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  1. #71
    pierceskids's Avatar
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    So I pulled the manifold, tested the motor based on your methods in http://greenhulk.net/forums/showthread.php?t=254167

    Passed the tests, checked all cables, all battery cables has resistance of 0.2 to 0.3 ohm readings. Went ahead and cleaned all the leads and the grounding surface of the starter motor ground. You can tell the motor is brand new based on appearance compared to metal surfaces near it (as the previous owner told me).

    New relay will be in on Saturday and at that point I'll do a compression test too.

    BUTTTTT look at the photos. This is the sludge I found when I took off the manifold. I cleaned out all that I could. Looked in the cylinder after pulling the plugs and saw no sludge above the piston rings.

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  2. #72
    Click avatar for tech links/info K447's Avatar
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    Sludge is worrisome. Is the sludge water based or oily?

    If there has been (still is?) water sitting in the bottom of the engine then that would be rust making the sludge brown

    You may want to remove the intake manifold and intake reeds, so you can see into the crank case.

    Alternative, since you have the exhaust manifold off, is to unscrew the drain plugs from the left side of the engine, way down low. If brown liquid or sludge comes out, not a good sign.

    Hopefully, somehow, the sludge is mainly in the exhaust and not created by rusty water inside the engine.

  3. #73
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    Its the consistency of penetrant oil. When I first got it over a month ago I sprayed a ton down all three spark plug holes in case there was anything in there. Wondering if the sludge is what it loosened up. I'll pull the drain plugs tomorrow.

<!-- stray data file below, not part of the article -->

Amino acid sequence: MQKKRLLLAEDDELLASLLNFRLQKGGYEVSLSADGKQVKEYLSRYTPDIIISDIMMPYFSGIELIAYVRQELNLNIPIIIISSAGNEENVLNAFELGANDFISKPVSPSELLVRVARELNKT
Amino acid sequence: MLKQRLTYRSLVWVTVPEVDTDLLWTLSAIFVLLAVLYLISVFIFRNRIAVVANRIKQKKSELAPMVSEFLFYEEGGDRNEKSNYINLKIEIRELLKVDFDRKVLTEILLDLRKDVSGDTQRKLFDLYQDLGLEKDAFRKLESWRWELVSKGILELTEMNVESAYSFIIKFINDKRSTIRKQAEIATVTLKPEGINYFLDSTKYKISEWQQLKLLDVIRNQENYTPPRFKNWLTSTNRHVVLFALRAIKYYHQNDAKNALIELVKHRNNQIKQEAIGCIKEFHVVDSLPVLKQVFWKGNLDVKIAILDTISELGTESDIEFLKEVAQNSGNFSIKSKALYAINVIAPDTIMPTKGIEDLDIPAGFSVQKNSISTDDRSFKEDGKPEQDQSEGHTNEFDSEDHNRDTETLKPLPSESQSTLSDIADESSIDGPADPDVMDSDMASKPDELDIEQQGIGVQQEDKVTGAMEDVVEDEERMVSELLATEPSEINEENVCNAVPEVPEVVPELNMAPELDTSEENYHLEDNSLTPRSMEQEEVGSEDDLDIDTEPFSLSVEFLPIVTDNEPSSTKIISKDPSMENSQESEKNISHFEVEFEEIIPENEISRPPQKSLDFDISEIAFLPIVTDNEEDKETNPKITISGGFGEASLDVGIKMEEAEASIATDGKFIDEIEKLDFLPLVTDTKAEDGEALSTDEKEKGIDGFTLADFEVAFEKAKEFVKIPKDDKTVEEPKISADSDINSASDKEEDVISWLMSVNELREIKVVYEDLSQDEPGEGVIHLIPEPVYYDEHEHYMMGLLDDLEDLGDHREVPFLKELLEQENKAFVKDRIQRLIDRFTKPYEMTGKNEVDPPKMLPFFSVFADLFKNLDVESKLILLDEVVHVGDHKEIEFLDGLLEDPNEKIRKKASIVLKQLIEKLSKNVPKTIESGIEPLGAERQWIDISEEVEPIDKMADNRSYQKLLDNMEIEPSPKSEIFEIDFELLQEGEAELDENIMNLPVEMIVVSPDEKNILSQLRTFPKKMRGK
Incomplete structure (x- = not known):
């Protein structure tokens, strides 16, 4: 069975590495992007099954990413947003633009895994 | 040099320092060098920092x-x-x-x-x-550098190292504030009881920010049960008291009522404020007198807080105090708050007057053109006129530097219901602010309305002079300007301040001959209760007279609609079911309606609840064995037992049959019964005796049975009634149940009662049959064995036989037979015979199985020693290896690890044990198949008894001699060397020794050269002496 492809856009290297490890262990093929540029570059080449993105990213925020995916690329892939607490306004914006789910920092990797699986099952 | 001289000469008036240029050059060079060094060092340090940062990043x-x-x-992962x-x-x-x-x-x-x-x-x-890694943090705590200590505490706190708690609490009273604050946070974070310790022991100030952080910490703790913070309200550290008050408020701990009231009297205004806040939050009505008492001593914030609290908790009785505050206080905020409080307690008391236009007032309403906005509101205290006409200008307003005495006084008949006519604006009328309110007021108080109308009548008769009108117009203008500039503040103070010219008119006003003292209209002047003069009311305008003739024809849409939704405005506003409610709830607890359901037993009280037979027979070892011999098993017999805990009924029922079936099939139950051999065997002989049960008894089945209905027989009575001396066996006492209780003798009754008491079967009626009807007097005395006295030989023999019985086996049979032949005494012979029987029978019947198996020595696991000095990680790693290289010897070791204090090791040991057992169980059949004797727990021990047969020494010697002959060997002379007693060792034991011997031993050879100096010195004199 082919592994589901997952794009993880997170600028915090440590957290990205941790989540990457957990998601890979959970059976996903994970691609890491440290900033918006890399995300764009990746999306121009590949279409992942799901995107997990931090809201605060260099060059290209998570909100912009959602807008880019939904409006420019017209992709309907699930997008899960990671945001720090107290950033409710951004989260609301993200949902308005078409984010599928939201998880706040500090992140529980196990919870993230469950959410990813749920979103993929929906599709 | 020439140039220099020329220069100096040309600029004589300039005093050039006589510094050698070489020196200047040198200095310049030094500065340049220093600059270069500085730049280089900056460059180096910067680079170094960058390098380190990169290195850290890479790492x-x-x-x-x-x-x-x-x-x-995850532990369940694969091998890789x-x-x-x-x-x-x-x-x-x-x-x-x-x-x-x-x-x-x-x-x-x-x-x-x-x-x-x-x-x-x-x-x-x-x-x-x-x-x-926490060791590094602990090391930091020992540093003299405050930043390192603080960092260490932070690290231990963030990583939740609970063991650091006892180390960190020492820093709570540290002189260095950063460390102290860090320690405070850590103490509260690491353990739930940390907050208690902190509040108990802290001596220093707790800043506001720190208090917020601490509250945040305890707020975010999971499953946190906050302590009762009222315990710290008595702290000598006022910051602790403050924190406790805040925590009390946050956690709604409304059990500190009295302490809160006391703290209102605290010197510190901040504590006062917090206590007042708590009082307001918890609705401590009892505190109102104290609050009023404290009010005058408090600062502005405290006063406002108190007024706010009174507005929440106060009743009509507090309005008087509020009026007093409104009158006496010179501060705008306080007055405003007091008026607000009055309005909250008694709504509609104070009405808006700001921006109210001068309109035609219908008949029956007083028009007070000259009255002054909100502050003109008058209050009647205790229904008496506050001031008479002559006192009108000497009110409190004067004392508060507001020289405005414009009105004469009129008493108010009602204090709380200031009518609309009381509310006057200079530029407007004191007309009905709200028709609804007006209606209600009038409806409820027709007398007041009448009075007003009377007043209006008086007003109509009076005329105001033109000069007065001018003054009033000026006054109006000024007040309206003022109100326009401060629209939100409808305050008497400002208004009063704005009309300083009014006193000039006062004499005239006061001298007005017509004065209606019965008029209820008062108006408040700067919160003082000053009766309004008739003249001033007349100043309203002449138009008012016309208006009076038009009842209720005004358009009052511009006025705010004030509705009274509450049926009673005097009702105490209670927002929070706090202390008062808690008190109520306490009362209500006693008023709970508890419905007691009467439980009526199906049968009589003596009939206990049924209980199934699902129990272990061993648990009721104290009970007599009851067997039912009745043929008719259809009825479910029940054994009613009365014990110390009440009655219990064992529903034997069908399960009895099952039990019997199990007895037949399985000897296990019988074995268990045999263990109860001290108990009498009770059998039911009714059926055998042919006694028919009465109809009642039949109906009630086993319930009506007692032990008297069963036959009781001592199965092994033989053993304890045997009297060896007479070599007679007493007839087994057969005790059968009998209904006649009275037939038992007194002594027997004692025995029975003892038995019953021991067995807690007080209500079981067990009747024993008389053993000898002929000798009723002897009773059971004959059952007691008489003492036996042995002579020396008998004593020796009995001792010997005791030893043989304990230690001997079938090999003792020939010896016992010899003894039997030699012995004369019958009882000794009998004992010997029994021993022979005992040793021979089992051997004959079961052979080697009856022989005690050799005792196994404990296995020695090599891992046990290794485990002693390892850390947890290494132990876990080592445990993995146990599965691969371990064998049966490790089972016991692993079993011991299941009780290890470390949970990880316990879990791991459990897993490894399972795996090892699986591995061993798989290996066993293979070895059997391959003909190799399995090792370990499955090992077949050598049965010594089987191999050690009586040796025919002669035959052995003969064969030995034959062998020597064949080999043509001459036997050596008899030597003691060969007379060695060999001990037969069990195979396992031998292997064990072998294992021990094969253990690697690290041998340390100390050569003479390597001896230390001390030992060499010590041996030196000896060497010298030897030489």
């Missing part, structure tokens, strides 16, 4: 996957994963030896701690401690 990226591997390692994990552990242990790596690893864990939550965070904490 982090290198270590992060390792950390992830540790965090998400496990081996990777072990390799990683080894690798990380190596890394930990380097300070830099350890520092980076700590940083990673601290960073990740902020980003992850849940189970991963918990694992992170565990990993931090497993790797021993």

4. #74
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    Sludge was rust, found out by disconnecting the hose from the crankcase and watching it squirt out after pouring penetrant down the carbs.

    I'm starting to think this is the reason for the voltage drop BUT it's still very easy to turn over by hand so I'm not completely sold.

    So if I tear down the engine, what parts would I need to replace? Can I recover them in a penetrant soak?

  5. #75
    Click avatar for tech links/info K447's Avatar
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    Quote Originally Posted by pierceskids View Post
    Sludge was rust, found out by disconnecting the hose from the crankcase and watching it squirt out after pouring penetrant down the carbs.

    I'm starting to think this is the reason for the voltage drop BUT it's still very easy to turn over by hand so I'm not completely sold.

    So if I tear down the engine, what parts would I need to replace? Can I recover them in a penetrant soak?
    Basically you would be doing an engine rebuild.

    Once the bearings begin to rust, they just cannot survive at 6000+ RPM for very long. Hours, minutes or seconds. Just not worth the risk, as a crankcase bearing that suddenly seizes at full song can tear up the engine, potentially punching a connecting rod through the side or gouging the bearing seats.

    All the crank bearings will need replacing, which means the crankshaft must be taken apart and rebuilt. On a Polaris crank this requires a 25 ton press and some special jigs, plus experience. There are a number of shops with experience rebuilding Polaris crankshafts. Plus new crank seals. And a set of engine gaskets.

    If the iron sleeves in the cylinders have rusted, they would need boring. And new pistons + rings matching the slightly larger bore size.

    The rest of the engine is aluminum with stainless steel bolt hardware, so typically it can be cleaned up and reused.

    The Bendix gear in the flywheel housing is steel, inspection required to know if it was affected by the water.

    SBT sells complete rebuilt engines, ready to install. You just trade in the old engine core after removing all the external stuff (exhaust, intake, magneto, driveshaft coupler, etc).

    SBT also sells rebuilt crankshafts, including new bearings and seals.

    There are other companies that also sell fully rebuilt Polaris PWC engines, similar to SBT.

  6. #76
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    Thank you for all the information. So any idea as to why just the crankcase would have rusted up in the first place?

  7. #77
    Click avatar for tech links/info K447's Avatar
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    Quote Originally Posted by pierceskids View Post
    ... why just the crankcase would have rusted up in the first place?
    That is where most of the steel is?

    Other than the crank and bearings, the iron cylinder sleeves are the only other ferrous metal exposed inside the engine.

    Much of the rest of the engine is aluminum.

    I presume somehow water got inside the engine, and it was left sitting like that. Hence, rust.


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